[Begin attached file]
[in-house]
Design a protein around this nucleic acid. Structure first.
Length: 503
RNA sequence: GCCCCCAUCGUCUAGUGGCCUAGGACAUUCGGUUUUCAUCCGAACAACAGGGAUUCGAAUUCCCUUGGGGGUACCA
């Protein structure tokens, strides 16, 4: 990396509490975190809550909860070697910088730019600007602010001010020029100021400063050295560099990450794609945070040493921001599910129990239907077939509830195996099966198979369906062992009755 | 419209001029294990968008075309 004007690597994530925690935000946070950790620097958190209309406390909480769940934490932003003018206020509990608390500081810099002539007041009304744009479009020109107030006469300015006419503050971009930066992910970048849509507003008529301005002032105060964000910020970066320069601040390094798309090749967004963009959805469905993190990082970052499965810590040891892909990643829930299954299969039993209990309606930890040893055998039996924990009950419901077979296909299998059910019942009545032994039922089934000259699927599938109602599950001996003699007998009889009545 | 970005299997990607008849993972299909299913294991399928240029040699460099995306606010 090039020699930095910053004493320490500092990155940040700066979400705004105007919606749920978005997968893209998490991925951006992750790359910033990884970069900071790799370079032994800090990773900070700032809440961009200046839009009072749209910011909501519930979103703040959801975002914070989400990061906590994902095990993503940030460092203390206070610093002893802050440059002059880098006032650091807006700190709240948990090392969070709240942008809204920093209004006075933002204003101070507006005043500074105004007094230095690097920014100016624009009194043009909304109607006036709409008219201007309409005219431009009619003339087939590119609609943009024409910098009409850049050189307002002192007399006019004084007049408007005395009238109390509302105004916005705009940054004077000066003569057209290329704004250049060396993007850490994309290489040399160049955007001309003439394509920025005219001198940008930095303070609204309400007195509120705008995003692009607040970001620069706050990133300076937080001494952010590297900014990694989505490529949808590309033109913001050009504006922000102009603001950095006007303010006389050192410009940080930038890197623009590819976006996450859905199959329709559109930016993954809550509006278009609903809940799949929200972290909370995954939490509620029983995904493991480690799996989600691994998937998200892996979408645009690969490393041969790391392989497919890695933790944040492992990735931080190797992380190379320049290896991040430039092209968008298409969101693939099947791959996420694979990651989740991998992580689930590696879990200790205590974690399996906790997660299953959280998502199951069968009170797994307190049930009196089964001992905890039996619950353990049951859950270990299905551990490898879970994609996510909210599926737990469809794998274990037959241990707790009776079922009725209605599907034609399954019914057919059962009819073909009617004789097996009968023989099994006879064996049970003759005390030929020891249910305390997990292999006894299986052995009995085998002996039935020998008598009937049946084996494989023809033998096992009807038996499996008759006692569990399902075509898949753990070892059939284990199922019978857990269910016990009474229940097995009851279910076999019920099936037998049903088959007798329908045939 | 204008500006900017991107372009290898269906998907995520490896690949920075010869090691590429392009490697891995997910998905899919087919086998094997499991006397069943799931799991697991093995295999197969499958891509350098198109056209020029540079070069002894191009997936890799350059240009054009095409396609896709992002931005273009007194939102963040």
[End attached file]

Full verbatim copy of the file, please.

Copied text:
[in-house]
Design a protein around this nucleic acid. Structure first.
Length: 503
RNA sequence: GCCCCCAUCGUCUAGUGGCCUAGGACAUUCGGUUUUCAUCCGAACAACAGGGAUUCGAAUUCCCUUGGGGGUACCA
């Protein structure tokens, strides 16, 4: 990396509490975190809550909860070697910088730019600007602010001010020029100021400063050295560099990450794609945070040493921001599910129990239907077939509830195996099966198979369906062992009755 | 419209001029294990968008075309 004007690597994530925690935000946070950790620097958190209309406390909480769940934490932003003018206020509990608390500081810099002539007041009304744009479009020109107030006469300015006419503050971009930066992910970048849509507003008529301005002032105060964000910020970066320069601040390094798309090749967004963009959805469905993190990082970052499965810590040891892909990643829930299954299969039993209990309606930890040893055998039996924990009950419901077979296909299998059910019942009545032994039922089934000259699927599938109602599950001996003699007998009889009545 | 970005299997990607008849993972299909299913294991399928240029040699460099995306606010 090039020699930095910053004493320490500092990155940040700066979400705004105007919606749920978005997968893209998490991925951006992750790359910033990884970069900071790799370079032994800090990773900070700032809440961009200046839009009072749209910011909501519930979103703040959801975002914070989400990061906590994902095990993503940030460092203390206070610093002893802050440059002059880098006032650091807006700190709240948990090392969070709240942008809204920093209004006075933002204003101070507006005043500074105004007094230095690097920014100016624009009194043009909304109607006036709409008219201007309409005219431009009619003339087939590119609609943009024409910098009409850049050189307002002192007399006019004084007049408007005395009238109390509302105004916005705009940054004077000066003569057209290329704004250049060396993007850490994309290489040399160049955007001309003439394509920025005219001198940008930095303070609204309400007195509120705008995003692009607040970001620069706050990133300076937080001494952010590297900014990694989505490529949808590309033109913001050009504006922000102009603001950095006007303010006389050192410009940080930038890197623009590819976006996450859905199959329709559109930016993954809550509006278009609903809940799949929200972290909370995954939490509620029983995904493991480690799996989600691994998937998200892996979408645009690969490393041969790391392989497919890695933790944040492992990735931080190797992380190379320049290896991040430039092209968008298409969101693939099947791959996420694979990651989740991998992580689930590696879990200790205590974690399996906790997660299953959280998502199951069968009170797994307190049930009196089964001992905890039996619950353990049951859950270990299905551990490898879970994609996510909210599926737990469809794998274990037959241990707790009776079922009725209605599907034609399954019914057919059962009819073909009617004789097996009968023989099994006879064996049970003759005390030929020891249910305390997990292999006894299986052995009995085998002996039935020998008598009937049946084996494989023809033998096992009807038996499996008759006692569990399902075509898949753990070892059939284990199922019978857990269910016990009474229940097995009851279910076999019920099936037998049903088959007798329908045939 | 204008500006900017991107372009290898269906998907995520490896690949920075010869090691590429392009490697891995997910998905899919087919086998094997499991006397069943799931799991697991093995295999197969499958891509350098198109056209020029540079070069002894191009997936890799350059240009054009095409396609896709992002931005273009007194939102963040």